Q: I was informed that you just came back from Iraq, what was the basis of that trip?

A: First of all I’ve been blessed to travel extensively, I’ve been to about 30 countries. I’ve been blessed to see different parts of Africa. Senegal, Gambia, Egypt, Libya, Ethiopia, Sudan, Uganda, Kenya, Zimbabwe, and South Africa. As well as in the middle East area, Israel, Jerusalem, Tel Aviv, and different parts of Europe and the Caribbean. But I was recently in Iraq at the invitation of the organization called the New Horizon, that annually puts together a peace conference and the event was held in a city called Karbala. It was about a week long conference with people from about 15 different representative states and other parts of the globe. Not only was I infatuated with the discussion of peace, but I was so incredibly touched by how interested the people of Iraq were interested in the struggle for Black equality and justice in regards to police violence.

Q: So how do you think your organization spreads Black awareness in the African American community?

A: We use several methods, one method is our newspaper. We have a quarterly newspaper that’s called the African NewsWorld and we use that as a means to educate our people, with a variety of issues that we see locally and nationally and internationally. We also in the past had a radio talk program which we had for 6 or 7 years which was called “Let’s get busy” and then currently, we have a half hour tv program called “Conversations with Zaki Baruti” along with that we host annual programs within the community, where we celebrate the life of Dr. King in January, we also have an activity on April 4th which commemorates the founding of our organization and we bring in different speakers. We also celebrate and honor Malcom X on his birthday and we celebrate the life and legacy of the honorable Marcus Garvey on his birthday. Whatever percentage we are as a national state and a local levels of government, then we should have that much percentage of political power on both the national states and local levels. Currently, Black people are far from that. Nationally its projected that we have a half a million publicly elected officials in this country and Black people have 13% according to the United State census, and Black people only make up 2 to 3% of elected officials which translates to about 15 thousand or less if we were truly empowered then we should have at least 66 thousand as opposed to what we have now. I believe that would help our people economically and as well as the social governmental policies that comes from people being elected. So to that end, our organization in the last few years have been hosting whats called the National Black Political Leadership conference to encourage people to run state wide. I’m proud to say, through our efforts as an organization we had Black people running for the open elections of governors, lieutenant governors, state senate etc.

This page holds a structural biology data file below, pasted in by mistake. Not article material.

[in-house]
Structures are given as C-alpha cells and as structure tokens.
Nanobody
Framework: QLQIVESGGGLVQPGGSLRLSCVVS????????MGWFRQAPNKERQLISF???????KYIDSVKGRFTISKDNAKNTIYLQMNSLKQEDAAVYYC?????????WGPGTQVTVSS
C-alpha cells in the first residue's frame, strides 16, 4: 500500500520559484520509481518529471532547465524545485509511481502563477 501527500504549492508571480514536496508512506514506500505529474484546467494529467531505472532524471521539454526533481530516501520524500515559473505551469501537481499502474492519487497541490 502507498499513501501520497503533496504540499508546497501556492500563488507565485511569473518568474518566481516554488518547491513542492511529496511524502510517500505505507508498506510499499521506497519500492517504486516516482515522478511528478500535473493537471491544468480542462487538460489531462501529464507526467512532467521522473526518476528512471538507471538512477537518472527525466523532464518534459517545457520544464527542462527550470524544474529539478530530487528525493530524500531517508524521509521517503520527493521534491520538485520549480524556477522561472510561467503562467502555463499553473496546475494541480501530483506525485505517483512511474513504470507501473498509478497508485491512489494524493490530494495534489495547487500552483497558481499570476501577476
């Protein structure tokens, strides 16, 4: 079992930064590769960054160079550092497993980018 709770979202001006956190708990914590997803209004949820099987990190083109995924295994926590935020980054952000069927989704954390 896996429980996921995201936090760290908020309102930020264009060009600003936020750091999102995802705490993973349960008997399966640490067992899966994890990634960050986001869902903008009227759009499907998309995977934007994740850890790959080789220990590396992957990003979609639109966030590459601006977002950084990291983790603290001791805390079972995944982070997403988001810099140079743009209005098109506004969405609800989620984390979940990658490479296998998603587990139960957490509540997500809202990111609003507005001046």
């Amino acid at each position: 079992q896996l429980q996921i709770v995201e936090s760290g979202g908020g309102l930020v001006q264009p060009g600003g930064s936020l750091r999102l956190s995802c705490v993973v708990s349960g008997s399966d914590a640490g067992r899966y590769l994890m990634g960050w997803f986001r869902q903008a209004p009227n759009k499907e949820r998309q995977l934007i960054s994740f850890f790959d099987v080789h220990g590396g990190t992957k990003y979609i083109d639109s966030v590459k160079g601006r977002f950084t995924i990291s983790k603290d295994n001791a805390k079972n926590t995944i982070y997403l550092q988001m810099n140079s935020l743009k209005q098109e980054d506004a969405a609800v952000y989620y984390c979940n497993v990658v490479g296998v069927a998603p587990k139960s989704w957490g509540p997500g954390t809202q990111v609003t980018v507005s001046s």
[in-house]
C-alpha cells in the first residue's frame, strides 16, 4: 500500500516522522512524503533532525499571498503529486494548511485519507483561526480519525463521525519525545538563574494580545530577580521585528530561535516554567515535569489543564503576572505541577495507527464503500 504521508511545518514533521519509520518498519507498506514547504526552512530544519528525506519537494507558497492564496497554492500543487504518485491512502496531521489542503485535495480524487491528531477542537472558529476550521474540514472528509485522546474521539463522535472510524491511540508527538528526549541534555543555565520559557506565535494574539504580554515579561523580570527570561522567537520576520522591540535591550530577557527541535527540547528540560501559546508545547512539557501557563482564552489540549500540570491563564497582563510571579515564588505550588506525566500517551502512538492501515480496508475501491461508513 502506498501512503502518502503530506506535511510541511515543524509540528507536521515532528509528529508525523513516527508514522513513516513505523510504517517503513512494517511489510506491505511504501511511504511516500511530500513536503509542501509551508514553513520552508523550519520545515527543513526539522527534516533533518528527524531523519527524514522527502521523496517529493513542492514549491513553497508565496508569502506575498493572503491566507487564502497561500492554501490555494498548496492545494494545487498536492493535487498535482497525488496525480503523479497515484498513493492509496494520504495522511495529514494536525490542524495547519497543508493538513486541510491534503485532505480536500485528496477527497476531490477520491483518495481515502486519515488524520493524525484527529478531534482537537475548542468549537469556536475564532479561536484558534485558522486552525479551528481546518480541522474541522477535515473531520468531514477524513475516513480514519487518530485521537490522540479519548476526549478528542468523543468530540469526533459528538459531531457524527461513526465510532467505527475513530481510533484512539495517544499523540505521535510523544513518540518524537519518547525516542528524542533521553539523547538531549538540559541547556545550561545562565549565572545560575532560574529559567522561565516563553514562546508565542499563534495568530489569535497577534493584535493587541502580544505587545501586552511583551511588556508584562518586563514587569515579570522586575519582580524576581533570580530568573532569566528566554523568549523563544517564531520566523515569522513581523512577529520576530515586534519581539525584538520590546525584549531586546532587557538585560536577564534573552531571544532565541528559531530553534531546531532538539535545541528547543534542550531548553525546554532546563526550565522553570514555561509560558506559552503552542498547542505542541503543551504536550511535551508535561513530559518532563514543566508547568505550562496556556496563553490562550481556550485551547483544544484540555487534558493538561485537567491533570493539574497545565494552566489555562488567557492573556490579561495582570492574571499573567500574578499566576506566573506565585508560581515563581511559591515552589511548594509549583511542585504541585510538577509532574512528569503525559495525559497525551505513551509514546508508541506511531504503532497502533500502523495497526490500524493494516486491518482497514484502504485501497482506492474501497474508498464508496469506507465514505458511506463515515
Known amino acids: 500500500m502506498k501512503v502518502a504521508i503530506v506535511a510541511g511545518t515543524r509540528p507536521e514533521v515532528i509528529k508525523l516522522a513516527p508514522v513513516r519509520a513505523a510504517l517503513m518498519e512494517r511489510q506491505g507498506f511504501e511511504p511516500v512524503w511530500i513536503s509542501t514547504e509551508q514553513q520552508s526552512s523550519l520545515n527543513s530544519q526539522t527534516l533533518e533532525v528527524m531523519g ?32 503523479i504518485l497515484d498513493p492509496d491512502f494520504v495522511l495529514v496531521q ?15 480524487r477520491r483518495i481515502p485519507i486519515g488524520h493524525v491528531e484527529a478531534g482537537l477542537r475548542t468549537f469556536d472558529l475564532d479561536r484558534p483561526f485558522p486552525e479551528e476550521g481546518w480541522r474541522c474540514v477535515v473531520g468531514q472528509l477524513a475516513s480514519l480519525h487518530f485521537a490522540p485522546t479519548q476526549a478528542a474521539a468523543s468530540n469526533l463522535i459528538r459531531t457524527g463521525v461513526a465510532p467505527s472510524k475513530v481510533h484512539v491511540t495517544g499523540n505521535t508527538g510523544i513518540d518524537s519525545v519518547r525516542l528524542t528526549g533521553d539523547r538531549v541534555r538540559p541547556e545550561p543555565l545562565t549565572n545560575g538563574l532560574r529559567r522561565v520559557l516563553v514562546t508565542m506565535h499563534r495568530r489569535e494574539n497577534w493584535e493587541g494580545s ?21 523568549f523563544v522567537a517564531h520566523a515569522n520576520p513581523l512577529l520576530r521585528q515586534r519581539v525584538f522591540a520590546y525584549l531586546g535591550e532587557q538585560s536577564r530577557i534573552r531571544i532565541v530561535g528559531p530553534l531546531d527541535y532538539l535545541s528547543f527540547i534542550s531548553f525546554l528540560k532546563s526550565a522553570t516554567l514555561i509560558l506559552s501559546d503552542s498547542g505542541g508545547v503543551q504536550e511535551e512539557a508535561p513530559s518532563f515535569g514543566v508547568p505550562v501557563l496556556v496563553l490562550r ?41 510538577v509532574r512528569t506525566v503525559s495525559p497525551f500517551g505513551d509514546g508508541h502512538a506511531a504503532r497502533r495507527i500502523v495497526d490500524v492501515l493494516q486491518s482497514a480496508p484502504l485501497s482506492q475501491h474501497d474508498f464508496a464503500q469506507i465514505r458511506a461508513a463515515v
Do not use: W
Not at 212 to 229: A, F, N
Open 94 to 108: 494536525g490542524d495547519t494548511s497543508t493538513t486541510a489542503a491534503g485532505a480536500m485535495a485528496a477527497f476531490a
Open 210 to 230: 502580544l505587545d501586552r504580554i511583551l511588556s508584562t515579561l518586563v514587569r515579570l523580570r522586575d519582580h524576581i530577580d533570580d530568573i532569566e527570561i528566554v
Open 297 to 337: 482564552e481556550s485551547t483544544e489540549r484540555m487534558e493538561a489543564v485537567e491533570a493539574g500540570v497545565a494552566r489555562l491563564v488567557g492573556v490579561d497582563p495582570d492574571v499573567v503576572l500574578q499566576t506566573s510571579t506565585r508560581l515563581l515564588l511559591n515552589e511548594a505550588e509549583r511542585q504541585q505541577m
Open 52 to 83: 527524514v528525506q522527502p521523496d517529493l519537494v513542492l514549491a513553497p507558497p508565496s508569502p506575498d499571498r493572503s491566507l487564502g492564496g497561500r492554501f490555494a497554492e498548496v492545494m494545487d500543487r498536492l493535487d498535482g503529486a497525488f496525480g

Q: As a young boy growing into a young man, what injustices did you witness and or face?

A: My first awareness of social injustice came when I was in junior high school and I really didn’t understand the implications of the killing of Emmet Till. I didn’t understand that a young teenager was visiting Chicago from Money, Mississippi and allegedly whistled at a white woman and her husband a few of his friends kidnapped him from his home and killed him, and his body was allowed to be viewed in its most grotesque state. They would have in my neighborhood posts all around of that scene. That really woke me up.


Zaki Baruti is a very well known and beloved figure in his community. He’s done such a service to society with imparting the world with his knowledge and reflecting on his experiences. He told me during our interview that protesting isn’t easy, and that’s very understandable. He said he’s received death threats on and off television, violent notes have appeared at his home, and he’s been ridiculed with racial slurs numerous times. Leaders like him will see what difference they’ve made in their society, no matter how big or small their contributions might be. I myself feel like peace and understanding for others needs to be taught and excepted in households. Nobody in this world will be the exact same or even remotely close to the same, it has always been that way and it will always be that way. Zaki Baruti taught me that with such a diverse world comes patience and respect for others. I really appreciate the time we spent during our interview, I have a little more faith in the people of this world.

About the Contributors
Photo of Camille Curtis
Camille Curtis, Reporter

Camille is a junior and this is her second year on Globe as a reporter. She joined Globe because she was interested in learning how to write outside of English class and exploring...